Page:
Social networking: the new online classifieds

Social networking: the new online classifieds
I’ve written previously about the significance of Tribe.net and There, the social networking giants of the Web, as the Postmodern equivalent of neighborhoods. Social networks are more than online communities, for they organize relationships into tribes, groups of people built on commonality of interest. The concept of tribes is a Postmodern hallmark, because life to Pomos is built around experiences and especially those that can be shared. Mark Pincus, the founder of Tribe.net, is a smart guy who understands that the new culture distrusts the institutions of Modernism, so he’s built basic buying and selling into the tribe structure of his network, and that has gotten the attention of a couple of big boys. Newspaper giants, Knight Ridder and Washington Post Co., have joined venture capital firm, Mayfield, in investing $6.3 million in Tribe.net, because they see the handwriting on the wall and want a piece of Tribe’s unique online classifieds. An article in MediaPost’s MediaNewsDaily notes that the deal is built on the newspapers’ traditional dependence on the classified advertising market, and that Tribe.net is creating a new niche.

Tribe.net posts classified listings for its members, who may sign up to the networking community free of charge, which in turn generates qualified leads for jobs, apartments, cars, used merchandise, and recommendations. Tribe plans to create revenue by selling paid listings and targeted advertising.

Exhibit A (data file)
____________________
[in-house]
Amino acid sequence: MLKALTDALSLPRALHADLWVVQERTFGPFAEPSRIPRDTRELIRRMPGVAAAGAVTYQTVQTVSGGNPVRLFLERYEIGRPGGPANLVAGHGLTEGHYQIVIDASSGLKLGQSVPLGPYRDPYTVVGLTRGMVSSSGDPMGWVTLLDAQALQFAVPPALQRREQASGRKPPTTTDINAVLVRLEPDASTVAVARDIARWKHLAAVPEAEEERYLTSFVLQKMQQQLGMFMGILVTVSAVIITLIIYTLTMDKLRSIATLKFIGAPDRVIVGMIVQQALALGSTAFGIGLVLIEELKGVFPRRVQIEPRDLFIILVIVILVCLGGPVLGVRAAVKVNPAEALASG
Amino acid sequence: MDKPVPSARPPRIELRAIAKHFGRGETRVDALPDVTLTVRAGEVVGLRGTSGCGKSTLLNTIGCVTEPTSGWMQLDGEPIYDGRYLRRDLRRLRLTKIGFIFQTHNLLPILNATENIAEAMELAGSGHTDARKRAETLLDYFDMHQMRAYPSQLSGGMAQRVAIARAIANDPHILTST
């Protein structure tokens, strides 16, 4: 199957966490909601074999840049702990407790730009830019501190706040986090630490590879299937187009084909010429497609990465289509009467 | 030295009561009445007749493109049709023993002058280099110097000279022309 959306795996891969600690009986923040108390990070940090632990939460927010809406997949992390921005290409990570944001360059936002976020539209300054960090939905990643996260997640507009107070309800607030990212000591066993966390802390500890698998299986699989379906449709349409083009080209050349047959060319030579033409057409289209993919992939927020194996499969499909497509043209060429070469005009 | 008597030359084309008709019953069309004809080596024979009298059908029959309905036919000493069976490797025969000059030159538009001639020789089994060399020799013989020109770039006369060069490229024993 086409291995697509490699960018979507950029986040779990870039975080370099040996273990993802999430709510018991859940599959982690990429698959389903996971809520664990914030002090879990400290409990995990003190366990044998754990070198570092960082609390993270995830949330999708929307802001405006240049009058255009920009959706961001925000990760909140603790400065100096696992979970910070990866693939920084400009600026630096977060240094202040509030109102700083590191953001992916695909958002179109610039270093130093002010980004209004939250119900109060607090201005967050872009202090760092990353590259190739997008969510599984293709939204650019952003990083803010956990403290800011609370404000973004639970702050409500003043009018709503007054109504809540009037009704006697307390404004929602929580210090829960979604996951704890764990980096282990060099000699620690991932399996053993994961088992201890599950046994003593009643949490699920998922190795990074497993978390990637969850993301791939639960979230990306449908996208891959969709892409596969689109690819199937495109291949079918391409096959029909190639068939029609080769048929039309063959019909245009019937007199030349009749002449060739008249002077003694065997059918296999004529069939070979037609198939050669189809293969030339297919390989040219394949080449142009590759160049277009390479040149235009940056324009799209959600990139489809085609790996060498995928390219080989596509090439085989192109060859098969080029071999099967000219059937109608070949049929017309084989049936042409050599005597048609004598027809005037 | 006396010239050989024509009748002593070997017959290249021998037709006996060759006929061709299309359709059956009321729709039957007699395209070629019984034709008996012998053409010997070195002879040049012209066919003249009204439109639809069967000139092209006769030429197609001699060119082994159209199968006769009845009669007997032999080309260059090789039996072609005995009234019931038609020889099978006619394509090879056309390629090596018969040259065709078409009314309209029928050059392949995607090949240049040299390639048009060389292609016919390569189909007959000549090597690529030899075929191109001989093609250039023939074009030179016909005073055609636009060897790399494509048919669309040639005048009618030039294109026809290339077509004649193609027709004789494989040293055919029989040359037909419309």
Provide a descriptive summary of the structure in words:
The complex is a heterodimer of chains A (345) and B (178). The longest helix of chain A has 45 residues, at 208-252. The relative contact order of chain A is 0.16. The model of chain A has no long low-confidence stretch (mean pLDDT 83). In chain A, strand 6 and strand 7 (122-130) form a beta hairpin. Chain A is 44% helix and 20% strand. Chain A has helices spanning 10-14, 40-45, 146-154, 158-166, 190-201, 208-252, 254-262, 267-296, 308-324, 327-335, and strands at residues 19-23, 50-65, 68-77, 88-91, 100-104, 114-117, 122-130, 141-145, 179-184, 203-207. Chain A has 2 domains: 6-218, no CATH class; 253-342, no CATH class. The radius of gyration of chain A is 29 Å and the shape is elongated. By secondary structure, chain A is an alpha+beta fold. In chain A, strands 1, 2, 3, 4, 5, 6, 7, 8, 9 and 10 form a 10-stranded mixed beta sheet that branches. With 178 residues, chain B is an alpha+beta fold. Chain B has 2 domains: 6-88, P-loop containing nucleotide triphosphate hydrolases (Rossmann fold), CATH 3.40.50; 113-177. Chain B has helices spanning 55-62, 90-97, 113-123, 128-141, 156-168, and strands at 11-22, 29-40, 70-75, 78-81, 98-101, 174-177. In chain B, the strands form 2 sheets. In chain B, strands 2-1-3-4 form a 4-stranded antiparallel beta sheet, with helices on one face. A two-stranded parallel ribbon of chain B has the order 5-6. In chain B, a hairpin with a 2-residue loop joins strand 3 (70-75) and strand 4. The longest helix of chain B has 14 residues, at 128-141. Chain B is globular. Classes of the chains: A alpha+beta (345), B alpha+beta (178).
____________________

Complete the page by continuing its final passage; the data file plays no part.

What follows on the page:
Hilary Schneider, CEO of Knight Ridder Digital, says her belief in the online classifieds industry is underscored by KRD’s investment in Tribe.net. “We have years of real-world experience on the front lines of the classifieds business,” she says, adding that the combination of Tribe’s targeted reach and Knight Ridder’s local market presence experience should reap rewards for both sides.

Local market, user-created content and communities translate into a lower cost of doing business, says Ralph Terkowitz, chief technology officer of the Washington Post Company, which he notes is appealing to advertisers and publishers alike.

While I can certainly understand the newspaper investment in Tribe.net, I think it would be smarter for media outlets to build their own social networking platforms rather than jump on one that already exists. As cool as Tribe.net is, it can’t bring real people together as easily as a local version could. Why shouldn’t a newspaper or a TV station be the one to bring this to their community?

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